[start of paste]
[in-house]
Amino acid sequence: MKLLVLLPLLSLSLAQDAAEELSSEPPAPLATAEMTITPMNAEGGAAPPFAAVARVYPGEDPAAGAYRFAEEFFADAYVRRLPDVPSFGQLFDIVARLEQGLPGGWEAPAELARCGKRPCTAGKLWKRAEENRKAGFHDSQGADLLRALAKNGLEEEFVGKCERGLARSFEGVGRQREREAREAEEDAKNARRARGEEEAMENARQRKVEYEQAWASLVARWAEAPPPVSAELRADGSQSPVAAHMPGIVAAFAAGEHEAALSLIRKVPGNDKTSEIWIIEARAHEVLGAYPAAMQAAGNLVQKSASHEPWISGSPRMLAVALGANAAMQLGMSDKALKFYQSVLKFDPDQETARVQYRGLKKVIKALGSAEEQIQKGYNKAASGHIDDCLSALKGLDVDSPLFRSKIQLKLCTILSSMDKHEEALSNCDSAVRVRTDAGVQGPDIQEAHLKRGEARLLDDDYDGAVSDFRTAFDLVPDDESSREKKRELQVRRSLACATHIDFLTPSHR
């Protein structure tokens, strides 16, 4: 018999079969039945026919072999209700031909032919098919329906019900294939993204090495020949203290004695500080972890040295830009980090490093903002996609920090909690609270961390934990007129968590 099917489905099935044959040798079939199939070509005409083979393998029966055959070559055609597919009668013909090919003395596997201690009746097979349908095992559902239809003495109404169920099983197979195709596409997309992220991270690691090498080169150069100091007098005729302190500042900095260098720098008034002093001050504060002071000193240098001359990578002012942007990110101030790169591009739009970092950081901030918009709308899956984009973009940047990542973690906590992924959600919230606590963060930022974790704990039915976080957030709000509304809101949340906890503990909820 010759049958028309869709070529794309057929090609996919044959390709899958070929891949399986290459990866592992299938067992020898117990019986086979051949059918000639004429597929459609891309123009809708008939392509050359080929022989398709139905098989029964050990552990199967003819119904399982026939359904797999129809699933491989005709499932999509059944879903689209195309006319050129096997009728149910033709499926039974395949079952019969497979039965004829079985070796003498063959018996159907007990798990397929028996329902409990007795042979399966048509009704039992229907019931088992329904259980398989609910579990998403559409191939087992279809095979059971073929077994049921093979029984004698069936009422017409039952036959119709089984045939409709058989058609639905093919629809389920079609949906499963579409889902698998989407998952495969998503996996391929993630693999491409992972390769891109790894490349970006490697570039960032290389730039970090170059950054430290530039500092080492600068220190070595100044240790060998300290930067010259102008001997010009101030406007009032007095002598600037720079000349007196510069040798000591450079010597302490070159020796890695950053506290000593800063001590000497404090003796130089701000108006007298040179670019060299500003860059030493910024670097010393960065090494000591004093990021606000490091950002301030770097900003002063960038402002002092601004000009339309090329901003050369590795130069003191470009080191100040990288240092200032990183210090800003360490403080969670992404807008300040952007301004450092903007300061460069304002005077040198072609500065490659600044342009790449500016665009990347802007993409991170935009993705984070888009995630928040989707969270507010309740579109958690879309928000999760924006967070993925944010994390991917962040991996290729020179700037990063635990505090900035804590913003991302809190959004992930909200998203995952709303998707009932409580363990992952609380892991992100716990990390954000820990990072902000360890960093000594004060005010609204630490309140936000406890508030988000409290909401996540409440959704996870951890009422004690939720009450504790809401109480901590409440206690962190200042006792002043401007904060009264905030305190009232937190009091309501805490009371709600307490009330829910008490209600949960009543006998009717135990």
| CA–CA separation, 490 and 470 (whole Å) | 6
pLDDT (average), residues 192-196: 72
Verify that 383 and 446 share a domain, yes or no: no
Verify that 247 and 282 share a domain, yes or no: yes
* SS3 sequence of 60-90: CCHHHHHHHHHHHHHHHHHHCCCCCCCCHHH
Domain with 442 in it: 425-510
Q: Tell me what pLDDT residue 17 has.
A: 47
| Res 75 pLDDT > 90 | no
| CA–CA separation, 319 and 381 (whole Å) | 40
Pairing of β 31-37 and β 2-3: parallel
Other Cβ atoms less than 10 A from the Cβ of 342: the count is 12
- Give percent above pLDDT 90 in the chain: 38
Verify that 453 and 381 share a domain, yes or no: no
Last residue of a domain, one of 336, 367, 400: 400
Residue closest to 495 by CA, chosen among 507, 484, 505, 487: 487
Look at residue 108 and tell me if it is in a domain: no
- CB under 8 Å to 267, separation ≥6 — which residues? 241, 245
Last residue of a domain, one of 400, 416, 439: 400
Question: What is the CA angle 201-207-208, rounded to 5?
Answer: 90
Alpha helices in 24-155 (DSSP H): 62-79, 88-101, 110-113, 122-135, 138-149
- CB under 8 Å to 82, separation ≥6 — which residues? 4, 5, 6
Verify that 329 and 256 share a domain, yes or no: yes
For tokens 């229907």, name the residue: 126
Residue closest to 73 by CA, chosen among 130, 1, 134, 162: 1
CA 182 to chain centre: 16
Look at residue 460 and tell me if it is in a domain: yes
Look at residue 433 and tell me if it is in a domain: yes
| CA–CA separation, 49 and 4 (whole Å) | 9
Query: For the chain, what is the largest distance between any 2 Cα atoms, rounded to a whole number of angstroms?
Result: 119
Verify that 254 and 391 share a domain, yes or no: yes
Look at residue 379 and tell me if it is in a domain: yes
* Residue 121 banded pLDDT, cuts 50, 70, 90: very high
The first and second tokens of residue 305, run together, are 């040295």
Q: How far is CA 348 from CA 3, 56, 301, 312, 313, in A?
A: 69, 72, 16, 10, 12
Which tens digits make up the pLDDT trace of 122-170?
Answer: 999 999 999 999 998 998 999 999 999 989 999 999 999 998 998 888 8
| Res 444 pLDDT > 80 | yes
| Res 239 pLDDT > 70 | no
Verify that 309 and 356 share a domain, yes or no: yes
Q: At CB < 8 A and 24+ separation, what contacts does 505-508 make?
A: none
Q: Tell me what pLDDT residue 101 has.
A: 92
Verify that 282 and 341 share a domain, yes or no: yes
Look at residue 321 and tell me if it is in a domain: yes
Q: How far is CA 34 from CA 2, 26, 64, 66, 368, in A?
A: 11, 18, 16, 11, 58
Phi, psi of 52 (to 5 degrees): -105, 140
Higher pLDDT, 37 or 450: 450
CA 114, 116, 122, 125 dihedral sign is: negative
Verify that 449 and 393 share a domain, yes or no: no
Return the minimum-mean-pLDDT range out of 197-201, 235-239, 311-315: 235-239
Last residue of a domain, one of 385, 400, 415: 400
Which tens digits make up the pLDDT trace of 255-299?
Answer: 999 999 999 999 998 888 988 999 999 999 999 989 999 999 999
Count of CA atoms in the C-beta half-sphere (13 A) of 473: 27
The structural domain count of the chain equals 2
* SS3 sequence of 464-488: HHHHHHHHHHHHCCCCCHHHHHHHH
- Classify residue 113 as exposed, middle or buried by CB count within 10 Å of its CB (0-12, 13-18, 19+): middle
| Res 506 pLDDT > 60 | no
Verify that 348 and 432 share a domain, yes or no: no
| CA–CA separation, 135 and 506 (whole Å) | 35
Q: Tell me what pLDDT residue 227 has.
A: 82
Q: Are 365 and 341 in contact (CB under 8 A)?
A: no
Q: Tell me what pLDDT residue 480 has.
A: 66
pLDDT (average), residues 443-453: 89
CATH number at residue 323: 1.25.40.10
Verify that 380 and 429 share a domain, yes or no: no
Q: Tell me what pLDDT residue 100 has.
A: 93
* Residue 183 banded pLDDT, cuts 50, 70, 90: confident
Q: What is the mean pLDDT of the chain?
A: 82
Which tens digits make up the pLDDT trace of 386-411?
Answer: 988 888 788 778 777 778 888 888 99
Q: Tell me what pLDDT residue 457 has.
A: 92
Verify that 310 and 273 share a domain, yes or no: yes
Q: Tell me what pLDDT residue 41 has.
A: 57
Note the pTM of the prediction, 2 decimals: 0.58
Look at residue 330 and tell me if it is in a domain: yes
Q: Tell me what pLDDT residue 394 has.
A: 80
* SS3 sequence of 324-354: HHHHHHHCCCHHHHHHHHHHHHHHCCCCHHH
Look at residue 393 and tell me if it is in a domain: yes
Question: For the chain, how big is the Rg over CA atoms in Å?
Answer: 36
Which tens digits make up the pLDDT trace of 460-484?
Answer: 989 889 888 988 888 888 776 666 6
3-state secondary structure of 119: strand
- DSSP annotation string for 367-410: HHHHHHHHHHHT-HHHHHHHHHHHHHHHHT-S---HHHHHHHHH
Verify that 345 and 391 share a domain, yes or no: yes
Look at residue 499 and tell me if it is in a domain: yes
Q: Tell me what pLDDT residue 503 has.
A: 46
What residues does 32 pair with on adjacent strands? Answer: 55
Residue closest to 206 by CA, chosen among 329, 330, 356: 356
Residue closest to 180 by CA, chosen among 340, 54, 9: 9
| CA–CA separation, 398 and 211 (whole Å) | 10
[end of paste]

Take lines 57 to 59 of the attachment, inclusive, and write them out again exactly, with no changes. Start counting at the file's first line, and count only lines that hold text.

CA 114, 116, 122, 125 dihedral sign is: negative
Verify that 449 and 393 share a domain, yes or no: no
Return the minimum-mean-pLDDT range out of 197-201, 235-239, 311-315: 235-239